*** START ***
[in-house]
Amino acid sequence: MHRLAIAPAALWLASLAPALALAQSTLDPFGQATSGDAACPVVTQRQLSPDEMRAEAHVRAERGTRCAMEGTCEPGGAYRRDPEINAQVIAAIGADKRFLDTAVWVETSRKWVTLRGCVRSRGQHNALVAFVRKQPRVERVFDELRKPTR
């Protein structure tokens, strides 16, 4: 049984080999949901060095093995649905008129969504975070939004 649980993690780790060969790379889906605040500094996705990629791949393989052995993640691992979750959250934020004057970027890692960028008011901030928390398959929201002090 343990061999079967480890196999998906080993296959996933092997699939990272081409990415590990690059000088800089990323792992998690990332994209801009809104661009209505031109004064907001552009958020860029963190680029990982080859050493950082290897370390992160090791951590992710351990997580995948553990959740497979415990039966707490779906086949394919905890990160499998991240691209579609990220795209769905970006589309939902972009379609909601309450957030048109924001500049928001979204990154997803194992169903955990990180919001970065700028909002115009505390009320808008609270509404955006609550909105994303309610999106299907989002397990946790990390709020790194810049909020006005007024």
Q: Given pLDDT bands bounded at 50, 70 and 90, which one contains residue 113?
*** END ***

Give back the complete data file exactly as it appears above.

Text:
[in-house]
Amino acid sequence: MHRLAIAPAALWLASLAPALALAQSTLDPFGQATSGDAACPVVTQRQLSPDEMRAEAHVRAERGTRCAMEGTCEPGGAYRRDPEINAQVIAAIGADKRFLDTAVWVETSRKWVTLRGCVRSRGQHNALVAFVRKQPRVERVFDELRKPTR
């Protein structure tokens, strides 16, 4: 049984080999949901060095093995649905008129969504975070939004 649980993690780790060969790379889906605040500094996705990629791949393989052995993640691992979750959250934020004057970027890692960028008011901030928390398959929201002090 343990061999079967480890196999998906080993296959996933092997699939990272081409990415590990690059000088800089990323792992998690990332994209801009809104661009209505031109004064907001552009958020860029963190680029990982080859050493950082290897370390992160090791951590992710351990997580995948553990959740497979415990039966707490779906086949394919905890990160499998991240691209579609990220795209769905970006589309939902972009379609909601309450957030048109924001500049928001979204990154997803194992169903955990990180919001970065700028909002115009505390009320808008609270509404955006609550909105994303309610999106299907989002397990946790990390709020790194810049909020006005007024």
Q: Given pLDDT bands bounded at 50, 70 and 90, which one contains residue 113?